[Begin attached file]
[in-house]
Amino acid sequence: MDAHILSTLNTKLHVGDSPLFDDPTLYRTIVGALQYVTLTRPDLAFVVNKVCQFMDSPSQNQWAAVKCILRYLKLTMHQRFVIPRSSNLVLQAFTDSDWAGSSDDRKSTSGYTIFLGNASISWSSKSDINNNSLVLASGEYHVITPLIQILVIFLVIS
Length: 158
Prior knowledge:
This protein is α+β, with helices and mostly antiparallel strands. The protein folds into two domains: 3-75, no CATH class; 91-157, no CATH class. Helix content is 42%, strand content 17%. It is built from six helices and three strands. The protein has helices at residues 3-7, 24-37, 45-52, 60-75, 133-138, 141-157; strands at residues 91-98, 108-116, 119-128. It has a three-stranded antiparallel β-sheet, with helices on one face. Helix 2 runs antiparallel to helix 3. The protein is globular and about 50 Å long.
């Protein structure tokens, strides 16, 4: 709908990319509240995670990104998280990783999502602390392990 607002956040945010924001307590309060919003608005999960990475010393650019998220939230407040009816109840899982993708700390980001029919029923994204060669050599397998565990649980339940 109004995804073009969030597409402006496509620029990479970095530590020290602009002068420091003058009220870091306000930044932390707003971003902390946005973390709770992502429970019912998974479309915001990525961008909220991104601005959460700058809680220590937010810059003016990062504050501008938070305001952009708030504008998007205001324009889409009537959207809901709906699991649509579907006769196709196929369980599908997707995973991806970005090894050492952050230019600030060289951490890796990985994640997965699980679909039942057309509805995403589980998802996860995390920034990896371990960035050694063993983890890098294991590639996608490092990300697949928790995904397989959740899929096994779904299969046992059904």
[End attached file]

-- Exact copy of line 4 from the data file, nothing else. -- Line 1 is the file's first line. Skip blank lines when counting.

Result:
Prior knowledge: